The Oscars will feature an on-screen scroll listing the names of people to thank for winners’ acceptance speeches.

Oscar Winners Will No Longer Have to Worry About Forgetting Who to Thank Onstage

Oscar Winners Will No Longer Have to Worry About Forgetting Who to Thank Onstage

Brow Beat
Slate's Culture Blog
Feb. 9 2016 2:01 PM

Oscar Winners Will No Longer Have to Worry About Forgetting Who to Thank Onstage

504474378-sylvester-stallone-poses-in-the-press-room-with-his
Hopefully, Michael B. Jordan and Ryan Coogler made Sylvester Stallone's scroll.

FREDERIC J BROWN/AFP/Getty Images

A few years ago, Slate imagined a myriad of ways to make the Oscars infinitely better, while also soliciting input from readers. Among them was the proposal from user John Sternfeld for a scroll: “Thank yous should run across the bottom of the screen, CNN-like, during the acceptance speech. Every nominee submits their thank you list beforehand on disc and then when they win, it starts running.”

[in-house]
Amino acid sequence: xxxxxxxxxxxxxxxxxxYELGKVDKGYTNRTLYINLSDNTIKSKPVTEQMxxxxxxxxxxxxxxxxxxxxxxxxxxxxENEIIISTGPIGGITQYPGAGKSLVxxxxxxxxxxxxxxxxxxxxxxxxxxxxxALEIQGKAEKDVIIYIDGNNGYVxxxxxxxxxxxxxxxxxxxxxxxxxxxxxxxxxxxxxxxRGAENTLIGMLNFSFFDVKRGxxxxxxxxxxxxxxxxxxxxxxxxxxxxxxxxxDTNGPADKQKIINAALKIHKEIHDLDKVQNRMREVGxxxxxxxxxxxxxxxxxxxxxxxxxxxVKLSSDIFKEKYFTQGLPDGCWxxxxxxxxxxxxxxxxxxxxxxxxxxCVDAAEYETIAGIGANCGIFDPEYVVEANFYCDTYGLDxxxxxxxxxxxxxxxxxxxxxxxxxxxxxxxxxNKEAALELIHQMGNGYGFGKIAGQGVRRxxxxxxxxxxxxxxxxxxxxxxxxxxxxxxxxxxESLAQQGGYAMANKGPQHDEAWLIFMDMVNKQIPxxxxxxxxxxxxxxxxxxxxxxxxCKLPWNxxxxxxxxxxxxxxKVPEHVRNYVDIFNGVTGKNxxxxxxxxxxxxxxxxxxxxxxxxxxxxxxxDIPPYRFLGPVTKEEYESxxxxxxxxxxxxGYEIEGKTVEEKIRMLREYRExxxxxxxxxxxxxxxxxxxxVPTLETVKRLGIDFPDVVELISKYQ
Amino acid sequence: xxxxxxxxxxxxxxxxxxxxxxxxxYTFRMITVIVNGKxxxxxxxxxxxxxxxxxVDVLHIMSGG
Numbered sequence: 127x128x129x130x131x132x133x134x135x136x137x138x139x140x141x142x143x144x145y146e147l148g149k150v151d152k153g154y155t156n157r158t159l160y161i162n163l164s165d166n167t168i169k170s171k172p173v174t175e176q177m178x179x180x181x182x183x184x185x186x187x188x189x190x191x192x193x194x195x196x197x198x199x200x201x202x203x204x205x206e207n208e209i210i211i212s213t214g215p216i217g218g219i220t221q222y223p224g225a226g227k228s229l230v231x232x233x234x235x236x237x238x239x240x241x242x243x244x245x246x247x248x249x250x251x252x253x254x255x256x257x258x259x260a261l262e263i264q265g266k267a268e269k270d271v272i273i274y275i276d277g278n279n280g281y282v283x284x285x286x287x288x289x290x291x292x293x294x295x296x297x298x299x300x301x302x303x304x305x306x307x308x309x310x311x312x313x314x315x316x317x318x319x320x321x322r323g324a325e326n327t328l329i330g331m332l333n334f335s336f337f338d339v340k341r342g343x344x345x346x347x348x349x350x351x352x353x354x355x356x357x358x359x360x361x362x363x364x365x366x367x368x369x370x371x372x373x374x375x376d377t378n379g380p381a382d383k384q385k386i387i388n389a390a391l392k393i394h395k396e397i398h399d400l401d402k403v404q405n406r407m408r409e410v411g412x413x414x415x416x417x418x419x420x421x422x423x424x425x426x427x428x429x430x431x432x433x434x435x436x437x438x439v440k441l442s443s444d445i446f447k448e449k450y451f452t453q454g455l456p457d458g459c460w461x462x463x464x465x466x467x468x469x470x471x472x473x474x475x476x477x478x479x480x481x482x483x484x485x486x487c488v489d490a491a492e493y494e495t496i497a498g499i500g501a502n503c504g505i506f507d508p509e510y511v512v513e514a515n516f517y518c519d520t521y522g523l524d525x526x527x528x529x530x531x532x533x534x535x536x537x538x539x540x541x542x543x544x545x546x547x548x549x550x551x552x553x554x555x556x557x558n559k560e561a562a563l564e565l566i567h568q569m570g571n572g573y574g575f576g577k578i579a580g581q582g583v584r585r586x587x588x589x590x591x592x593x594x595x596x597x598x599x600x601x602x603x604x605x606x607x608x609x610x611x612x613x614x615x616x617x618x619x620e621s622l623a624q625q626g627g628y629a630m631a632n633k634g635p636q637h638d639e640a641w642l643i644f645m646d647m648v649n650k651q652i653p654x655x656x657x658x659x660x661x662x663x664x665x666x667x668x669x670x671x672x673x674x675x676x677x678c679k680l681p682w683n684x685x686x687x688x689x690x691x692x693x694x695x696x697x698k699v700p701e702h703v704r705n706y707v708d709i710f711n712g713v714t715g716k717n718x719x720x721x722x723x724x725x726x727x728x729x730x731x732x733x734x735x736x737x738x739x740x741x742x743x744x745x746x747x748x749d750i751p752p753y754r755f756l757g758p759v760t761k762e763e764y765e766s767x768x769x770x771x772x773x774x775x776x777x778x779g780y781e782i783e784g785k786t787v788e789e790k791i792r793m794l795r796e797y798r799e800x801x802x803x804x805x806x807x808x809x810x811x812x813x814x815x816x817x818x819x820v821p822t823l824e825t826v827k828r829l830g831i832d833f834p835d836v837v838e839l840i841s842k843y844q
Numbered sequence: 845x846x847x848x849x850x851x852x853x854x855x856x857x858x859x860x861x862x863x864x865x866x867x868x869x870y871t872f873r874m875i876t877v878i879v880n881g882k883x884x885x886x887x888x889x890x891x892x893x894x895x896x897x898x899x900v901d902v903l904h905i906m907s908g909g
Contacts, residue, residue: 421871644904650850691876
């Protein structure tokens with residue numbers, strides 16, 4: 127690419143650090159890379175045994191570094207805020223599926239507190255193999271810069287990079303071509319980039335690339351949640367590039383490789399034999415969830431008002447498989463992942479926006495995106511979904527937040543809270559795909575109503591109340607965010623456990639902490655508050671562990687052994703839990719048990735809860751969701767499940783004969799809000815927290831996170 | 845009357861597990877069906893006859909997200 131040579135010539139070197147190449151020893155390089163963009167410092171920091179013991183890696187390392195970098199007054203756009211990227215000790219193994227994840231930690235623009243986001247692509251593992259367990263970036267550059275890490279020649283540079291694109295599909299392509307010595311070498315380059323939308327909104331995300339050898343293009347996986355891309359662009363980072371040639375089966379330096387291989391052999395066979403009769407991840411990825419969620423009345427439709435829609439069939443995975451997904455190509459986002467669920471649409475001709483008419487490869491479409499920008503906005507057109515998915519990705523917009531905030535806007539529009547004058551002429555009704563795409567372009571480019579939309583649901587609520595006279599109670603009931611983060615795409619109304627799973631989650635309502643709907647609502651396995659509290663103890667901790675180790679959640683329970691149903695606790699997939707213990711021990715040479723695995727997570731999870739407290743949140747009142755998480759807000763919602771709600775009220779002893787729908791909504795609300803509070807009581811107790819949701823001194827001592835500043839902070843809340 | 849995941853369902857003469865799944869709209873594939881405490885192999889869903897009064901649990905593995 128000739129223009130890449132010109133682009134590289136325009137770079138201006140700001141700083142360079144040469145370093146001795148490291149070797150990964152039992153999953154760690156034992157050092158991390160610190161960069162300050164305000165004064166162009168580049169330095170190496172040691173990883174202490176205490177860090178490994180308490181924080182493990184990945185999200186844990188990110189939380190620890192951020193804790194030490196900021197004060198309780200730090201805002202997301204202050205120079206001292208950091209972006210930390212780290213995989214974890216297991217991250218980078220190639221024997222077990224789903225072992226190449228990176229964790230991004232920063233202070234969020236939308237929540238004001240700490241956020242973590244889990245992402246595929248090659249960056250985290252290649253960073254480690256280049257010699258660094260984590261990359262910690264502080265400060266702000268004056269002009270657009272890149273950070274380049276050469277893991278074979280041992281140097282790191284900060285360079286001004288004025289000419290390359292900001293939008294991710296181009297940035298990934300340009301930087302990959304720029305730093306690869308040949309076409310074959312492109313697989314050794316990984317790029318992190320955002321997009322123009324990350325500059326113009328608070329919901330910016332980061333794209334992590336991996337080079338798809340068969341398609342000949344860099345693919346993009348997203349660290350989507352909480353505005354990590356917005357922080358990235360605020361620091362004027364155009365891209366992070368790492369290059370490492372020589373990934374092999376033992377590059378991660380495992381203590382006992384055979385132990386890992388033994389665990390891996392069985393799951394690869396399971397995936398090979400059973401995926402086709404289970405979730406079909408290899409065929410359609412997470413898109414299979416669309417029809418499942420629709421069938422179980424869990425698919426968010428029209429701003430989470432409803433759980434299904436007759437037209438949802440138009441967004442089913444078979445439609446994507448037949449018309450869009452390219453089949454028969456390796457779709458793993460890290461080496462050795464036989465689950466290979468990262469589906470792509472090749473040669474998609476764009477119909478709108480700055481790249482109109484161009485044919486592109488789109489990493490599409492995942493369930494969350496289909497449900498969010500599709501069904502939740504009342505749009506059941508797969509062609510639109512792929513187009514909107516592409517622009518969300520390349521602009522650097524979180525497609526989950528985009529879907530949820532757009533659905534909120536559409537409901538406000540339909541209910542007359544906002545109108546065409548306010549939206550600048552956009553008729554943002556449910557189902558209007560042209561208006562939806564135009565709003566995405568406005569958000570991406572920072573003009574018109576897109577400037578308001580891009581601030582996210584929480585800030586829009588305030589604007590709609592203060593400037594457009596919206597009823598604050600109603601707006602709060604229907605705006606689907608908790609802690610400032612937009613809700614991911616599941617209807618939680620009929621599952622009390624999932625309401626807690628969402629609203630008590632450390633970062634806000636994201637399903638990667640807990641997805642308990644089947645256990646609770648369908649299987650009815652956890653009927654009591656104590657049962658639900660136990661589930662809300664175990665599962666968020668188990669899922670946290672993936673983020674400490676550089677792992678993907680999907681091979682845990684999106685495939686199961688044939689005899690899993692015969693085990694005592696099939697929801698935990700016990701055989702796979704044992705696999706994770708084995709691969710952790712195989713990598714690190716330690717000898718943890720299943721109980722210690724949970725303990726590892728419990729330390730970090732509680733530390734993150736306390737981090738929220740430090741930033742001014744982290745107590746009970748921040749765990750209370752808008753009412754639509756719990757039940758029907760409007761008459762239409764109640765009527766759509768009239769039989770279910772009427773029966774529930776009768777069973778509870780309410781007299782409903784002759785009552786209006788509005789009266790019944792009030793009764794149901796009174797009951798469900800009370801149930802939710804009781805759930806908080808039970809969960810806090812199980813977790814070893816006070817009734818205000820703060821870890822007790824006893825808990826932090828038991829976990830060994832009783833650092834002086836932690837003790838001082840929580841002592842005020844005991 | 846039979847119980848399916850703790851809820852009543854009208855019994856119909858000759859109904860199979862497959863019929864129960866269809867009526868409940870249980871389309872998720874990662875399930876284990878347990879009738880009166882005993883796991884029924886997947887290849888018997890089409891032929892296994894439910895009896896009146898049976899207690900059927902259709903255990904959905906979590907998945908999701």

Well, Sternfeld is in luck! Academy Awards producers Reginald Hudlin and David Hill have announced that this year’s telecast will indeed feature such a scroll, and at the annual nominees lunch on Monday, guests were asked to list the names of the people they wish to thank. As Hudlin and Hill pointed out, the change will help to give more time for winners to say what they’d like to say aside from name-checking. This will be especially useful when multiple people win the same award: As Entertainment Weekly reported, Hudlin and Hill pointed to Best Short Documentary winners Dana Perry and Ellen Goosenberg Kent for Crisis Hotline: Veterans Press 1. The former had only a few seconds following Kent's thank yous to hurriedly relay her very personal connection to her work—her son’s own suicide.

Advertisement

This is also ostensibly a way to reinforce good will within the industry: With the new implementation, colleagues and family members alike who are connected to the winners and expecting to be thanked will no longer have to worry about being forgotten. (Though I guess if you still don’t see your name on the scroll, then you’ll know where you and that Oscar winner really stand.) Sylvester Stallone must be breathing a deep sigh of relief right about now.

Aisha Harris is a Slate culture writer and host of the Slate podcast Represent.